As a Christian Priest I cannot recommend this book enough. It is one of the best pieces of interfaith edifications I have ever had the pleasure to read, and re-read. Rabbi Zaslow approaches Jesus in an unbiased and truthfully honest way. He can do this with total perfection because of two great but forgotten reasons, firstly Jesus like the author was a practising Jew who was devoted heart and soul to his faith, he was also like the author a Rabbi teaching from the wealth of the Torah and Oral Traditions.

This book gives us a beautiful tapestry that is the historical Jesus and sets him against an accurate back cloth of life and times. It hands us back the Hebrew Scriptures as Jesus loved them, not as something to be forgotten or defunct but as real and necessary today as they were to Jesus then. This book is enlightening, deep, thoughtful and a blessing if read as it was written with a contrite heart, an open spirit and with love.

The disciples and those who heard Jesus in his day would have sat at his feet with the same open heart and listened to their Rabbi. While reading this book I too sat at the feet of Rabbi Zaslow and listened. Thank God I did!”

Jesus: First-Century Rabbi
A Review by Brad H. Young, Ph.D.

 Christians professing faith in Jesus will surely learn and be enriched immensely by studying Rabbi David Zaslow’s great new book, written by a true humanitarian and intellectual, Jewish spiritual leader who shares the faith of Jesus.  We Christians need to learn about the historical Jesus from family members who share the faith of Jesus. Rabbi Zaslow is a rabbi who lives the life of a religious Jew.  As a religious Jew, he knows the holidays, life cycle events, the prayers his family has prayed for generations. He shares the faith of Jesus.  He is also a practical theologian who challenges both the Jewish and Christian communities with fresh and insightful approaches to historic issues that have driven a wedge between two faiths that ironically share so many common values.  He goes beyond the important discussion of events like the Roman crucifixion of the historical Jesus, often wrongly blamed on the Jews by the Christian church, and moves toward discussion of  traditional theological issues such as incarnation, trinity, views of suffering, the interpretation of Isaiah 53, redemption, covenants, community life, replacement theology, the third Temple, and eschatology.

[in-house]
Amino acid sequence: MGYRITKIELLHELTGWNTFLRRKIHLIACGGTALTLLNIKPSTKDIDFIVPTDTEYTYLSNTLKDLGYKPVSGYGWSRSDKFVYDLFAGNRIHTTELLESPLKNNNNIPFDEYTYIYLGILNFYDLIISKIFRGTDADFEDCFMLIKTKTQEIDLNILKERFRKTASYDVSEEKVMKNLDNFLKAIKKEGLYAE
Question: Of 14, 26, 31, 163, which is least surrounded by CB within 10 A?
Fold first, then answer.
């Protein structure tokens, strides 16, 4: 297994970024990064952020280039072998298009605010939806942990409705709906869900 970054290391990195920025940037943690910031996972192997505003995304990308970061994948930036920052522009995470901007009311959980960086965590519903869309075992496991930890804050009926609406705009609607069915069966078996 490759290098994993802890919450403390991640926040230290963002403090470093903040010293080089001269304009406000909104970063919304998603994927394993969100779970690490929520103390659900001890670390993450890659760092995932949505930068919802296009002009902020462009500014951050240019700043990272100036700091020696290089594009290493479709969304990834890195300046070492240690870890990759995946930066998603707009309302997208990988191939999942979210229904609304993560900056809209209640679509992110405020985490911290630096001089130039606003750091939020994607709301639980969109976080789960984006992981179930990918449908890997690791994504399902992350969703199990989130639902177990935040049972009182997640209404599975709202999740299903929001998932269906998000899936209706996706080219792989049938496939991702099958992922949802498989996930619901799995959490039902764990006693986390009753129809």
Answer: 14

The book is a must read for everyone exploring the relationship between Christianity and Judaism.  Even though the Jewish and Christian communities approach such concepts of faith from distinctive positions of polarity, the sensitive insights of this original work lay a firm foundation for meaningful dialogue and interaction. Dialogue demands intense conversation and active listening by all partners. Educators, Rabbis, biblical scholars, Christian leaders, community directors, and everyone who desires a fair and balanced discussion will discover a meaningful bridge book that explores theological constructs with a view toward practical application. On the one hand, the vibrancy of the Jewish community through history has preserved true biblical faith values within family practice. On the other hand, the Christian community has brought ethical monotheism to the world through the teaching of the life of Jesus and through establishing Christian faith values based upon the Bible. Both communities serve the common good and both are interconnected in history and experience.

Rabbi Zaslow acknowledges the fact that Christians have sought to correct many wrongs done to the synagogue in the name of the church and that now is a time for greater unity of purpose in joining together in co-operation and genuine esteem one for the other.  The misrepresentation of one community of another has caused harm.  Rejecting stubborn dogmatism based upon unfounded prejudice and bigotry will create a new reality for the Christian and Jewish communities to enter into conversation and find ways to help each other.  Each community has a significant role to play just as each section of an orchestra is interconnected and in need of support from one another. The wind section needs the strings, and the strings need the wind section.  The book fosters conversation and co-operation through mutual respect. Rabbi Zaslow encourages the orchestra to play the music that the world needs to hear and enjoy.

Jesus: First-Century Rabbi
A Review by Rabbi Maurice D. Harris, author of “Leviticus, You Have No Idea.”

Rabbi Zaslow offers us a clear, thoroughly researched, yet very accessible book that calls on Jews and Christians alike to discover and appreciate the spiritual validity and integrity of their respective religions. In the introduction he writes, “Some Jews and Christians may choose to spend another two thousand years criticizing each other’s rituals, theological dogmas, and beliefs, but I believe that God would be better served if we were to look into the mirror and correct the errors within our own religions and denominations first.”

Written with a light touch, clarity, and warm humor, Jesus: First-Century Rabbi successfully unpacks complex material in a variety of ways reflecting the author’s gifts for storytelling and organizing information in ways that help us get down to the heart of things.

I’ve known Reb David as a colleague for a decade now, and have long admired his passionate work for interfaith bridge-building. He has modeled a path of reciprocal respect and mutual spiritual appreciation with Christians, Muslims, Buddhists, and leaders of many other faiths, and has done so with an authentic joyfulness that warms the heart. These qualities shine through in this book, providing a hopeful and gentle tone that animates a work filled with great scholarship, historical understanding, theology, and text study.

Church and synagogue book groups, or interfaith study groups could not find a better resource book on this topic. And readers of other faith traditions (or of no tradition) will also learn a lot, not only about Judaism and Christianity, but also about the tools humanity needs to establish a new era in which the many religions of the world learn to appreciate and support the light that shines in each of them.